July 2012, President Emiliano Reali announced that his government would organise a referendum on membership of the Euclean Community. Owing to Etruria's progress of meeting the EC's membership standards was still short, the Reali government penciled the referendum for July 2016. The shock announcement sent the right-wing of Etrurian politics into a tailspin as no major movement or indication of securing membership had been raised since 2005. In response, the Coalition of the Right met for an emergency congress in August and agreed to formally unite into one single cohesive political party.
Formation and organisation
In wake of the August conference, the Coalition of the Right began to merge its local constituency offices and groups into unified units. This was followed by the formal adoption of a new party charter and constitution on August 26. On August 27, the Coalition announced its decision to the Federal Federal Electoral Commission.
On August 30, the Tribune Movement was officially registered by the FEC. This meant that for the first time since 1983, the Etrurian hard-right had a single unified political entity. The same day, Francesco Carcaterra was announced as party leader and Gianfranco Galizia as Federal Secretary.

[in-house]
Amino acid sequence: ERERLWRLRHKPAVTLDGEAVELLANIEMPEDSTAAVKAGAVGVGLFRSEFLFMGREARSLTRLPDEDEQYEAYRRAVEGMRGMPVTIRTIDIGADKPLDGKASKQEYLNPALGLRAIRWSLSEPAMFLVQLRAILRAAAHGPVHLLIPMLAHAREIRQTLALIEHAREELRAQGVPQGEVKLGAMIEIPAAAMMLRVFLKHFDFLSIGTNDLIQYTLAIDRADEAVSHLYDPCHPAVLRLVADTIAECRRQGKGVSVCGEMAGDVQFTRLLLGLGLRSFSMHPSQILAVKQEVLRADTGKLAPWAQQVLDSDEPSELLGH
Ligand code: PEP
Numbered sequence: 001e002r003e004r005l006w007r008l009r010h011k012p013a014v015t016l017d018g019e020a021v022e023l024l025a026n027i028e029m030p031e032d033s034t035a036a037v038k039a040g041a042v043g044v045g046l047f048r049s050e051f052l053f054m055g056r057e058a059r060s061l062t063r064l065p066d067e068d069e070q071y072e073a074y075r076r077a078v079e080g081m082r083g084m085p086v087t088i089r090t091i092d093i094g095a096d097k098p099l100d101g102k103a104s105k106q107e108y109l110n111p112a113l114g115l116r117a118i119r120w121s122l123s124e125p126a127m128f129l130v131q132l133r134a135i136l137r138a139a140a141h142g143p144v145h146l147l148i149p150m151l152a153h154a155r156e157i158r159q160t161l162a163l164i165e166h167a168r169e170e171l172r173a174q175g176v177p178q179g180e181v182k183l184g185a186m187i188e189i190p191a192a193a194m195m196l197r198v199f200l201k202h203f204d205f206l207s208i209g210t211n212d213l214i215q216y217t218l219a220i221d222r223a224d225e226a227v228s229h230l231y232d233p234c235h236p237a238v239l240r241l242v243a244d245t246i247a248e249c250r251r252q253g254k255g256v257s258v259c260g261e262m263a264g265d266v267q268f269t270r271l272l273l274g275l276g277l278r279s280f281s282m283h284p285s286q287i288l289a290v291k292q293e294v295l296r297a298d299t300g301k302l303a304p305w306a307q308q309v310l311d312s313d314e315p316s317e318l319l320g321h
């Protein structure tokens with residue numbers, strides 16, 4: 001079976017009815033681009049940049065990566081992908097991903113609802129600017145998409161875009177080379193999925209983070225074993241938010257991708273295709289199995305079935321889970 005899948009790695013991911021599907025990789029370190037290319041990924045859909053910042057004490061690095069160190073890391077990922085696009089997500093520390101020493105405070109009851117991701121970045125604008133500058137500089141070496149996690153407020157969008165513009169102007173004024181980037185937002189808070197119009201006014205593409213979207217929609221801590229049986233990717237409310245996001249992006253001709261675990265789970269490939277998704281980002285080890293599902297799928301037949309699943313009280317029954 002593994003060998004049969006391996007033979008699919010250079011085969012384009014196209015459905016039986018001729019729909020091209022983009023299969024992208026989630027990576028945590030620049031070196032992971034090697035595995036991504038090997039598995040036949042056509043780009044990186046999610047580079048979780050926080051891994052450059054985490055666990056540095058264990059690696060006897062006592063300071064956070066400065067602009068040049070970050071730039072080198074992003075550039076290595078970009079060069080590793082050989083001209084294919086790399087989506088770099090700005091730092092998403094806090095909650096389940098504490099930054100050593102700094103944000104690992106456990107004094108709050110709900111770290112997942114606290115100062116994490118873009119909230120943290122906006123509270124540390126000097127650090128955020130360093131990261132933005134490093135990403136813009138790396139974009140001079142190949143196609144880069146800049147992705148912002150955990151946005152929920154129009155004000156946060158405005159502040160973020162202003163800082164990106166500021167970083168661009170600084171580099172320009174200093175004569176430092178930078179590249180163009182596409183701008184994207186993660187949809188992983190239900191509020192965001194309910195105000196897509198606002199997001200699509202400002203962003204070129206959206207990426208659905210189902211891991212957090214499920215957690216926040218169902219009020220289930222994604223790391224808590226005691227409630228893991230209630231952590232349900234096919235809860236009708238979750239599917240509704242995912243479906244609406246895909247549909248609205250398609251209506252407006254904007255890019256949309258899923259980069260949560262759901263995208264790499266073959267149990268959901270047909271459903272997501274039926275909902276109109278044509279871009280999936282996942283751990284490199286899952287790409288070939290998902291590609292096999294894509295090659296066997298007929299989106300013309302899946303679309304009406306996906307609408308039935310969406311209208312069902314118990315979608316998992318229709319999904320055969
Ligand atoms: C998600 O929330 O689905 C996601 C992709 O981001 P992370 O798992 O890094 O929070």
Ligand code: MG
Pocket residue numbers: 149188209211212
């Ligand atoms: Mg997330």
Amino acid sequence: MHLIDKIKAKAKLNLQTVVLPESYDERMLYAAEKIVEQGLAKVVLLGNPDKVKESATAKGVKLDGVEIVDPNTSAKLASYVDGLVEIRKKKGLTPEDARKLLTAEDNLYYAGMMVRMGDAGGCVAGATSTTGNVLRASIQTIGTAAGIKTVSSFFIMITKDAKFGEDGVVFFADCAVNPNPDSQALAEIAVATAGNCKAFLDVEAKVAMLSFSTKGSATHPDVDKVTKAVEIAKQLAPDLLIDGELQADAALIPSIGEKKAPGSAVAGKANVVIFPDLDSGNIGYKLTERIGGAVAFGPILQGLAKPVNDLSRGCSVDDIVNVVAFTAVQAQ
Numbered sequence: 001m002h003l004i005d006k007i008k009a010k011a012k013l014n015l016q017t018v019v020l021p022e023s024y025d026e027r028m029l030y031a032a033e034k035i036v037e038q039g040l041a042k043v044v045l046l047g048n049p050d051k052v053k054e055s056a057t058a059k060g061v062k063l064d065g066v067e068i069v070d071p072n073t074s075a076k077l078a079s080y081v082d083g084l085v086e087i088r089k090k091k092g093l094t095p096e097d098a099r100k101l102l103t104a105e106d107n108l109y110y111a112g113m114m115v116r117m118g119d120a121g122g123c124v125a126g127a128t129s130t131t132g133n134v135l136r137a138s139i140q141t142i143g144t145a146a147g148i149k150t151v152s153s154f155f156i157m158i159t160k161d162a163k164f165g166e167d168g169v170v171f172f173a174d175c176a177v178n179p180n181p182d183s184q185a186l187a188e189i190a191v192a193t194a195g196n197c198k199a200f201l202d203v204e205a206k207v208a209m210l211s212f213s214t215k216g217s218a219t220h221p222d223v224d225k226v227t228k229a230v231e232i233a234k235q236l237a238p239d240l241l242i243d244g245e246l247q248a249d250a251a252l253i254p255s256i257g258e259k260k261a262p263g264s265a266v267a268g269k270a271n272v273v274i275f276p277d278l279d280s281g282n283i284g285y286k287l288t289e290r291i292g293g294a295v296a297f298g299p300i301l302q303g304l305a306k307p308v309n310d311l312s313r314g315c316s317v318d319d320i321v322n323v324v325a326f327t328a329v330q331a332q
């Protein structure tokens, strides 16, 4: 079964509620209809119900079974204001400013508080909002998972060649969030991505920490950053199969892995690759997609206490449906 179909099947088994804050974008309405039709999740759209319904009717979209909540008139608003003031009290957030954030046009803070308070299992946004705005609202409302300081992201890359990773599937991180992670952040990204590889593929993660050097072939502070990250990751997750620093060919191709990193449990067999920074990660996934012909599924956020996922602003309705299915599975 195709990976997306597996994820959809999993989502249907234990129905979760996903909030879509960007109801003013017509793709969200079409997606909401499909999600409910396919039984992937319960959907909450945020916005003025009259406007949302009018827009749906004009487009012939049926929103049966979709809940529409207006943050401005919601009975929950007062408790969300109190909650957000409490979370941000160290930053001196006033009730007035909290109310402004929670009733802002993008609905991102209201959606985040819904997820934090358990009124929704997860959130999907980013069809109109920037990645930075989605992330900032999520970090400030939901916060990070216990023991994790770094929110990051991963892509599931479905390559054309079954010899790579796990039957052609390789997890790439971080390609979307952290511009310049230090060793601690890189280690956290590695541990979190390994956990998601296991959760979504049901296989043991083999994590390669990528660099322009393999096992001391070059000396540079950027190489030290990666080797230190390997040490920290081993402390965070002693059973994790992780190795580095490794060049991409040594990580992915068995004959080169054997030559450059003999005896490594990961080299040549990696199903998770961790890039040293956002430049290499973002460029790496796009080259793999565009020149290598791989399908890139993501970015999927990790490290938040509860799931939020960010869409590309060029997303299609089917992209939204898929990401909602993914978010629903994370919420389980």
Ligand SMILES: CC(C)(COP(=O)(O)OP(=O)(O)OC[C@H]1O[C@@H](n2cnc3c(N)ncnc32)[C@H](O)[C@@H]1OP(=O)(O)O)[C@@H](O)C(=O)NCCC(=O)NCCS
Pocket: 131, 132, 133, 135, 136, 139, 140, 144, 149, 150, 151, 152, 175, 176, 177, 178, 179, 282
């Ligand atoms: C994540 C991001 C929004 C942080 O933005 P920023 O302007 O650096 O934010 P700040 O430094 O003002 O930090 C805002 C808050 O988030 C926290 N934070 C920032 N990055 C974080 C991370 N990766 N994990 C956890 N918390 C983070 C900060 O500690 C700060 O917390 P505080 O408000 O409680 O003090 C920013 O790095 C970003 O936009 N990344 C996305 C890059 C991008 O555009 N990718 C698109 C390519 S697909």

2013 Election and breaktrhough
Rise and EC referendum (2013-2016)
Coalition for Etrurian Rejuvenation (2016-2018)
Governing alone (2018-present)
The Tribune Movement is a federal party of the parties of Vespasia, Novalia and Carinthia. The Novalian and Vespasian parties are further split into autonomous region parties. The party at the federal level in both houses of the senate are highly centralised and organised directly under the federal leadership, the state and regional branches are semi-autonomous units. Co-ordination of all party activities across all federated groups is undertaken through the Federal Executive. Chaired by the party leader, its 30+ members includes representatives from each of the groups and democratically elected representatives.